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01 September 2014 @ 09:09 am
The new list from Benoit College is out. You know this one don't you: an annual list of what incoming freshman know (and do not know) that separates them from their predecessors. Here is the link: While I do not agree with all of their observations, I do find this annual reminder a good one for me. Each new semester brings a new crop of students into our classes. They bring with them certain experiences. Their childhood, adolescence, and adulthood might be different from none in distinct ways and similar to my own in others. I used to take for granted that they had a baseline of knowledge about children's and YA books, but that knowledge can vary wildly from student to student.

And so, this week, as the classes open, students will see their first assignment: the reading autobiography. I wrote mine when I took YA literature from Dick Abrahamson. He wrote his when he took YA literature from G. Robert Carlsen. The ones I receive this semester will tell me about my students' experiences with books and reading in and out of the classroom, the high points, the low points, the memorable (for whatever reason) reads. I have changed the assignment to allow for more CHOICE over the last several years. Traditionally, this assignment has been submitted as an essay or memoir of reading. Now I encourage students to convey it to me in whatever form or format makes sense to them. I have Power Points, of course, and Prezis, and timelines. I enjoy viewing each and every one of them. This semester will deliver about 60 new pieces for me to read and comment upon.

What I love is the "mindset" of each reader. It gives me some insight into who they are and what books have shaped them to date. In an online program, getting to know students is key. This first assignment helps me "see" my students in an important light: as readers.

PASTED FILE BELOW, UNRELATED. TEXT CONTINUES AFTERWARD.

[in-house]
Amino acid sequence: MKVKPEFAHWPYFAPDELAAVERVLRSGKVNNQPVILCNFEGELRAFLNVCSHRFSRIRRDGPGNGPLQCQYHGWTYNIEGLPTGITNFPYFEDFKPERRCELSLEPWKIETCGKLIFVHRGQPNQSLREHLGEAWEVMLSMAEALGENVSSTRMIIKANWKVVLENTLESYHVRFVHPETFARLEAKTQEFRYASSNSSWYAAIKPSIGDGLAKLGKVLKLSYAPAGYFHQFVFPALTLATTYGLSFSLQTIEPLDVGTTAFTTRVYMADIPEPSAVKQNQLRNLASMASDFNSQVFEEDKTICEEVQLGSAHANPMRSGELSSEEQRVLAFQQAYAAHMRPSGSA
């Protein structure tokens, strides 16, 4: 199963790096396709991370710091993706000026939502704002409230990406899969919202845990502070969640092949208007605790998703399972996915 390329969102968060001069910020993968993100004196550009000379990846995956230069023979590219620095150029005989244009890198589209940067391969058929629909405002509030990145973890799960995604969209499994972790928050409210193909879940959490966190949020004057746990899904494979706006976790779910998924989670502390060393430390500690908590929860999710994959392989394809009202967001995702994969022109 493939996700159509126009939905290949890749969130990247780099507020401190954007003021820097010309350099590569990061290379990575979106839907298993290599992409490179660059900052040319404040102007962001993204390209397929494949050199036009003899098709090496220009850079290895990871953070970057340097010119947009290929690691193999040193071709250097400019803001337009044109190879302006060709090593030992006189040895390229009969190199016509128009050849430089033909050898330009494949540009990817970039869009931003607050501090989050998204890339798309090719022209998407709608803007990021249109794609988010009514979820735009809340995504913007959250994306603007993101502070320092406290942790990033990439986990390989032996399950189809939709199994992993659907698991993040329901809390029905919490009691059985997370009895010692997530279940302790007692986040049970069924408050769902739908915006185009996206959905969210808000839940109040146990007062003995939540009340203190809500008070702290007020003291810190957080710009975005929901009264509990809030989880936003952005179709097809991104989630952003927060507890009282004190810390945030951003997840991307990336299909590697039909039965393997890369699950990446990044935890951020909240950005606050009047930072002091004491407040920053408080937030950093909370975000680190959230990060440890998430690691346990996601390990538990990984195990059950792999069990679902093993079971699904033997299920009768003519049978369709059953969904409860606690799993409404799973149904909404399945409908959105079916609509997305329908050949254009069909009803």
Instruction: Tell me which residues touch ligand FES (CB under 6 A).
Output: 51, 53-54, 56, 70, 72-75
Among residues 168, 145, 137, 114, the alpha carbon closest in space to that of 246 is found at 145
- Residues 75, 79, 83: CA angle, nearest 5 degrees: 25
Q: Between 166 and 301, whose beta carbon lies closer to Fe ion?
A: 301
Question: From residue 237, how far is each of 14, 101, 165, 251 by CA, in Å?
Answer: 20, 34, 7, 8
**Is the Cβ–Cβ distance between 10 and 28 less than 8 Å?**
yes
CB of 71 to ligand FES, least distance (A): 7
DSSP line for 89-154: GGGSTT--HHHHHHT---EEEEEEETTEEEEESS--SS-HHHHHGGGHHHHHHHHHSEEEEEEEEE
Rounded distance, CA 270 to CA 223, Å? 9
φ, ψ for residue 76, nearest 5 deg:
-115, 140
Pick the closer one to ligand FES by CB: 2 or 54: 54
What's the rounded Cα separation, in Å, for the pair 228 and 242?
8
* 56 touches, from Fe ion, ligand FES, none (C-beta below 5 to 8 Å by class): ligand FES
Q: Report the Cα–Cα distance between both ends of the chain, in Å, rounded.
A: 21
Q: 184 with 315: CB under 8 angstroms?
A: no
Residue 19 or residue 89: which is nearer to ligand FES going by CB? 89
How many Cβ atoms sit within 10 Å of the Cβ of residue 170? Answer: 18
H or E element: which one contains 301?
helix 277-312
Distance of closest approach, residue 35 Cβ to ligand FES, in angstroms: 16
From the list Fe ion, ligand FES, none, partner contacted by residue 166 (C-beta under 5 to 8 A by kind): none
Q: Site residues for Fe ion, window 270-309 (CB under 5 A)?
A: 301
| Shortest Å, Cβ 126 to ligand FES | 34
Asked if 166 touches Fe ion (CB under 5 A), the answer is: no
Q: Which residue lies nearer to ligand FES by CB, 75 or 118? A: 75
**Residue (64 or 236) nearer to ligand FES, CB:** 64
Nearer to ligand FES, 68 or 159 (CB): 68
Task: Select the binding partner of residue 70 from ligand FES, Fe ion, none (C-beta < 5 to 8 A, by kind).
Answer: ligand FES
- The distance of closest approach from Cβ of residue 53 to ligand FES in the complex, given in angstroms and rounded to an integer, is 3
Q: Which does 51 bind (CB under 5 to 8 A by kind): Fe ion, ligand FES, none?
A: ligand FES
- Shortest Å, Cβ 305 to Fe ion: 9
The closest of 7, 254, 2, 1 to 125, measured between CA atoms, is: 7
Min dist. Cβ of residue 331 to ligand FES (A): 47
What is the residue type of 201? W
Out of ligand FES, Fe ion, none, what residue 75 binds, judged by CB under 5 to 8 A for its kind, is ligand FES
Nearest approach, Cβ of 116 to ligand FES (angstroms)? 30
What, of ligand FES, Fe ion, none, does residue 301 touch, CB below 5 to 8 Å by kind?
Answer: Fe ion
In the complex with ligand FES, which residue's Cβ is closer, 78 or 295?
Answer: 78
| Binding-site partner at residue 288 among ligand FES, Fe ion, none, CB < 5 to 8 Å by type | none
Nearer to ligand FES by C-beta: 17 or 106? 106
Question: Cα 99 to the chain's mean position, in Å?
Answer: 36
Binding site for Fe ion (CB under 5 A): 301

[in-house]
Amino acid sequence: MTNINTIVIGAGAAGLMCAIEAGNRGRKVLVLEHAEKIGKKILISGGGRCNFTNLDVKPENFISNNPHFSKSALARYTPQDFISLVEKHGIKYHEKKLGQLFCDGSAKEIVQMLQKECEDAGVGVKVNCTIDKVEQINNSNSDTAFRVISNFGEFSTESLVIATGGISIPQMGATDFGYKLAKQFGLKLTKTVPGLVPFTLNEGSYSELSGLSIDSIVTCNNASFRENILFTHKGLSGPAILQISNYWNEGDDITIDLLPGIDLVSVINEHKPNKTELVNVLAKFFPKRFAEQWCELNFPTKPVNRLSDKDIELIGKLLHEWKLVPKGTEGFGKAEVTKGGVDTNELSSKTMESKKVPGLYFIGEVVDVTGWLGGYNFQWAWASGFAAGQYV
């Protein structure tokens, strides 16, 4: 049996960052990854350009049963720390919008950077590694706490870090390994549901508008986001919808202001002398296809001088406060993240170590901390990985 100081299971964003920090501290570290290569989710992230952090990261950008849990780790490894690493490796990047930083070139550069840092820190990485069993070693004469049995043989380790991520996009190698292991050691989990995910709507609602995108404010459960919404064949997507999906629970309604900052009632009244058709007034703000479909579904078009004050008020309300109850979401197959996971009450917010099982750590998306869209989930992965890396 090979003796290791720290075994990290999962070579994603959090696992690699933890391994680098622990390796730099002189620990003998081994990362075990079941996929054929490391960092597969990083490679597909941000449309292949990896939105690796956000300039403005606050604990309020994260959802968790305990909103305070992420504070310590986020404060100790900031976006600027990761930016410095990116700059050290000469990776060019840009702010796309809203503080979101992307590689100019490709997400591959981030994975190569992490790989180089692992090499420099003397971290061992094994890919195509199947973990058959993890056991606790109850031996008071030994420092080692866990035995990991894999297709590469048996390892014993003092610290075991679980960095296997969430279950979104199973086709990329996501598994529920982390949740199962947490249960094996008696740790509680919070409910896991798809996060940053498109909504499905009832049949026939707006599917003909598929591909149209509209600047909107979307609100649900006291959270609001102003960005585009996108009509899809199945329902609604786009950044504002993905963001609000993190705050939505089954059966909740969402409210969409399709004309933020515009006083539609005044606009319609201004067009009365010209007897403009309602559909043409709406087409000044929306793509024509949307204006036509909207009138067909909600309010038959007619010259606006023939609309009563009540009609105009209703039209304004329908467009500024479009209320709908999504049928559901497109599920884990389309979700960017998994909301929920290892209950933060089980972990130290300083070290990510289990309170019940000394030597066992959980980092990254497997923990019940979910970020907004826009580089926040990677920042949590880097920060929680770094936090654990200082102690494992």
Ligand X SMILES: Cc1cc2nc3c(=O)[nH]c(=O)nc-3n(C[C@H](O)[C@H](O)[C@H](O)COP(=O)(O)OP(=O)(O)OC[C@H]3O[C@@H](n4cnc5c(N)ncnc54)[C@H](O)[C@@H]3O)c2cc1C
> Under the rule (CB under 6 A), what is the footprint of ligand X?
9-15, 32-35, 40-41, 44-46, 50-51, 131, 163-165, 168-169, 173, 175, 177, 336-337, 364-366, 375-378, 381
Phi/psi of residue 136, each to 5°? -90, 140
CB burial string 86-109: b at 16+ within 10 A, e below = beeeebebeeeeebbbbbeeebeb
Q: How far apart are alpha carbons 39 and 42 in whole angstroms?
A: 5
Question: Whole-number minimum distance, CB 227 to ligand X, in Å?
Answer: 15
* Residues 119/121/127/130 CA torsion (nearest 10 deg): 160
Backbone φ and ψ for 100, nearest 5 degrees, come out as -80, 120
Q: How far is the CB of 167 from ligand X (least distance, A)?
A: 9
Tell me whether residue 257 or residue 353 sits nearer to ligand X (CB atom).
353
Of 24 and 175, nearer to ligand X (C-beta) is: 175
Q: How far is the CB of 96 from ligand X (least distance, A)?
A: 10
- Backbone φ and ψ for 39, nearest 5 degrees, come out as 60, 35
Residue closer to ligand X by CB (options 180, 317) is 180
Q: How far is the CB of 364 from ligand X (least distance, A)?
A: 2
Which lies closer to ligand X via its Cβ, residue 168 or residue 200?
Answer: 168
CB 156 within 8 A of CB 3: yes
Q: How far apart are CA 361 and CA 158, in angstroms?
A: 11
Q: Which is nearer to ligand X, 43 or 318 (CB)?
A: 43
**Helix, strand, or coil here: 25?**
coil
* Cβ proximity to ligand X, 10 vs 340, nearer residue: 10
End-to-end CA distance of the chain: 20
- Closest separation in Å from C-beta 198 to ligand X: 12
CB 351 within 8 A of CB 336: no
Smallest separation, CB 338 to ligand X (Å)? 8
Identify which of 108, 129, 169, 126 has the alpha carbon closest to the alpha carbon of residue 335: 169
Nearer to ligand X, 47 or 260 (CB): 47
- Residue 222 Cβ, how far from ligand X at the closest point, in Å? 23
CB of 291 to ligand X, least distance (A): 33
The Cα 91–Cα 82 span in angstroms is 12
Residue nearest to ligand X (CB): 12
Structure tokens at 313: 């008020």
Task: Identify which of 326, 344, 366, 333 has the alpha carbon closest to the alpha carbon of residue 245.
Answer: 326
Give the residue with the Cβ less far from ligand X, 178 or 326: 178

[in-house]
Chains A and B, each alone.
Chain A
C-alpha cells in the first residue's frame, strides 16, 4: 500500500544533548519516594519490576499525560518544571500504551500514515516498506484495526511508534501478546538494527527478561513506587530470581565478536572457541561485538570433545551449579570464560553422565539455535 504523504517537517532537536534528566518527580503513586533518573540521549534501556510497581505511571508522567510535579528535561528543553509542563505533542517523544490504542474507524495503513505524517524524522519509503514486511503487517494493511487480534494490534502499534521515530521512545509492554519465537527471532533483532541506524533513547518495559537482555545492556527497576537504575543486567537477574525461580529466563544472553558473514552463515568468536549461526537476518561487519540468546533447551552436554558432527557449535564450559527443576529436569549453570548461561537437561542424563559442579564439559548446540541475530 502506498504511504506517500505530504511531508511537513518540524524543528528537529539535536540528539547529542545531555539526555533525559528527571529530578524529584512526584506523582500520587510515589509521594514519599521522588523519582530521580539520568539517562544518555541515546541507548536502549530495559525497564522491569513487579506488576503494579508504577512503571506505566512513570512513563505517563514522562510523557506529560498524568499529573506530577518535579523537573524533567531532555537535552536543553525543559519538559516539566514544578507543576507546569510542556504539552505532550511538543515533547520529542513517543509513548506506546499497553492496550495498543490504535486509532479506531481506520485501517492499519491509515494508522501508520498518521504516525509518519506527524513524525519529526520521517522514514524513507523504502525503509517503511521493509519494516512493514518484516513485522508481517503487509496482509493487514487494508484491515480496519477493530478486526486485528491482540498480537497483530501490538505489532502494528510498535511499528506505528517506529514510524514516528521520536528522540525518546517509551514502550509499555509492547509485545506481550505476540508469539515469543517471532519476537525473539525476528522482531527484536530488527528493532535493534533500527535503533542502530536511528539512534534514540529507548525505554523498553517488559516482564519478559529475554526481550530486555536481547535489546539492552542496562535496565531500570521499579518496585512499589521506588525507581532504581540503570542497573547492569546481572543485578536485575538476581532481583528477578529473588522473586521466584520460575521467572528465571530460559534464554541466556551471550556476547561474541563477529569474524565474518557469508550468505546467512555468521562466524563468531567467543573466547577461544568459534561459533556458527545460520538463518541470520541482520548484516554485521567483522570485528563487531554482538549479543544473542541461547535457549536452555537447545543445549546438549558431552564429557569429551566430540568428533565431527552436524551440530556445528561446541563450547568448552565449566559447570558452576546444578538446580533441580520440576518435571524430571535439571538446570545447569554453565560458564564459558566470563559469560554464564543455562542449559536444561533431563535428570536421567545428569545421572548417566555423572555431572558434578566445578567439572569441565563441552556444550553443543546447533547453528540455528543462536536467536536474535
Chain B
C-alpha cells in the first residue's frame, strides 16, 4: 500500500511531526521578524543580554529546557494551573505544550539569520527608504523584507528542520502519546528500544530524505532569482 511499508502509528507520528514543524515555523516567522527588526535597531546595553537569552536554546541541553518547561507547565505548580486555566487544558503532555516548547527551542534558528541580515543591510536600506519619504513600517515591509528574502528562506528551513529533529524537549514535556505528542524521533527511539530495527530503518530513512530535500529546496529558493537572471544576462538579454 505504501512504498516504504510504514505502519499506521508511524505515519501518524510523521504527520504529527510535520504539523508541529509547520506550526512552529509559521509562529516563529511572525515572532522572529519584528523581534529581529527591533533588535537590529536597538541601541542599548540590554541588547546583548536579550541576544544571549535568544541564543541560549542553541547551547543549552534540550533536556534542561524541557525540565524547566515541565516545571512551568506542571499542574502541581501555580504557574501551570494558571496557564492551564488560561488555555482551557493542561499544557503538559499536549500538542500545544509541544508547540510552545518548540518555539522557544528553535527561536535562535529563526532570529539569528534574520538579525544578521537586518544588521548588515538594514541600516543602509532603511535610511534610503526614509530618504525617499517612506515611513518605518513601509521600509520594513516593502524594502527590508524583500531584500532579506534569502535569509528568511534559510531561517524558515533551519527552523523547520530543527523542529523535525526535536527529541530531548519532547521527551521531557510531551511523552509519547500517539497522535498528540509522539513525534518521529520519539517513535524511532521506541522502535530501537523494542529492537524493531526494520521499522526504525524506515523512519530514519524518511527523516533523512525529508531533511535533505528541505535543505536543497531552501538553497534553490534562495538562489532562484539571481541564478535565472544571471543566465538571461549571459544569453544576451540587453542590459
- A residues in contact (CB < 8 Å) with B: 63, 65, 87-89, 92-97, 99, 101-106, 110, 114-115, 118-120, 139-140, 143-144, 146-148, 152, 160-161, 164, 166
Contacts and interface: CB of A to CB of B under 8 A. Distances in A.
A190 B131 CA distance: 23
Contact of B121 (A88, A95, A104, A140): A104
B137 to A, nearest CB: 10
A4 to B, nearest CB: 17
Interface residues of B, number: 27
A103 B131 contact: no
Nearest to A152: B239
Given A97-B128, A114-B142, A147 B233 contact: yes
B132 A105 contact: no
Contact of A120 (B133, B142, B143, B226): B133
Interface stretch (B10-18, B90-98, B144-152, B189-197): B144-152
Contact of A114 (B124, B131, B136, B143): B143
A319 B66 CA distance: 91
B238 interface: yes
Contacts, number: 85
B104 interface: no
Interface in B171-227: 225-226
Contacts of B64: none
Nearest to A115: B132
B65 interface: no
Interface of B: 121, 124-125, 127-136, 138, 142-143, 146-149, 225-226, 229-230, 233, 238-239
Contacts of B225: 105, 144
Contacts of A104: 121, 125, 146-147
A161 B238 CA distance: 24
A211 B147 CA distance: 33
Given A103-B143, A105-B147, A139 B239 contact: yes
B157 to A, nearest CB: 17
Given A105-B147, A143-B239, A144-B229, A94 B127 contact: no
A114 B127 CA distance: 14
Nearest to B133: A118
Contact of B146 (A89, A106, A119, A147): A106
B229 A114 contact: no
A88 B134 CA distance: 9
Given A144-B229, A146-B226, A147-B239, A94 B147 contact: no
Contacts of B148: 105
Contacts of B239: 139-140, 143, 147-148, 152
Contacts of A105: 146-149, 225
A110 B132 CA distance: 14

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31 August 2014 @ 12:30 pm
I appreciate the post here about a new program announced by Arne Duncan about making the AP tests more accessible to low-income students: The title of this post is in reference to the nursery rhyme, LITTLE JACK HORNER.

Little Jack Horner
Sat in the corner,
Eating a Christmas pie;
He put in his thumb,
And pulled out a plum,
And said 'What a good boy am I!

We speak about someone having their fingers in a pie for good reason. So, I thought this bit of verse appropriate for the latest news from the land of the Education Secretary. There is a bit of a fly in the ointment here as the money is being handed over to the College Board folks, the same ones who administer the tests. Why do we not just have a funnel that goes straight from DC into the coffers of the companies who are draining education dry? With David Coleman at the head of the AP, and this new funding of $28.4 million heading directly into the company's vaults, one has to wonder about collusion. Why not take that same money and establish grants for students from low-income families that would pay some of their tuition (if we are truly concerned about those costs as politicians say we should be)? Why not fund other programs that would assist those who live in poverty DIRECTLY?

I know I am being pesky with all of these questions, but it does concern me to see even more monies going into the hands of the test makers.

BTW, if you are not already following this blog, remedy that. It often points to the absurdities of education.
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30 August 2014 @ 02:13 pm
I made a donation last week to ALS. No ice bucket (mostly because Karin Perry and I got busy and forgot to do it), but I did want to donate. And then I had to read all of the negative posts on FB about why we should not donate to ALS. The same thing happened several years ago when I grew my hair out and donated it for Locks for Love. Folks felt it was their duty to tell me that I SHOULD have donated to a different organization that was better.

I appreciate that folks are looking out for our well being, but you do need to consider whether your post is making someone feel badly about doing something nice. Think about this in a classroom setting. You went the extra mile and came to work early to help a fellow teacher prepare for a special event in his class. His comment was that he could have used the help sooner. Or an administrator might comment that your staying late to counsel with a student callused her to have to stay late as well and could this not be done earlier in the day? Or a student took the letter of recommendation you had written muttering that now he needed to find a stamp and envelope and mail it himself. How do you feel in these circumstances?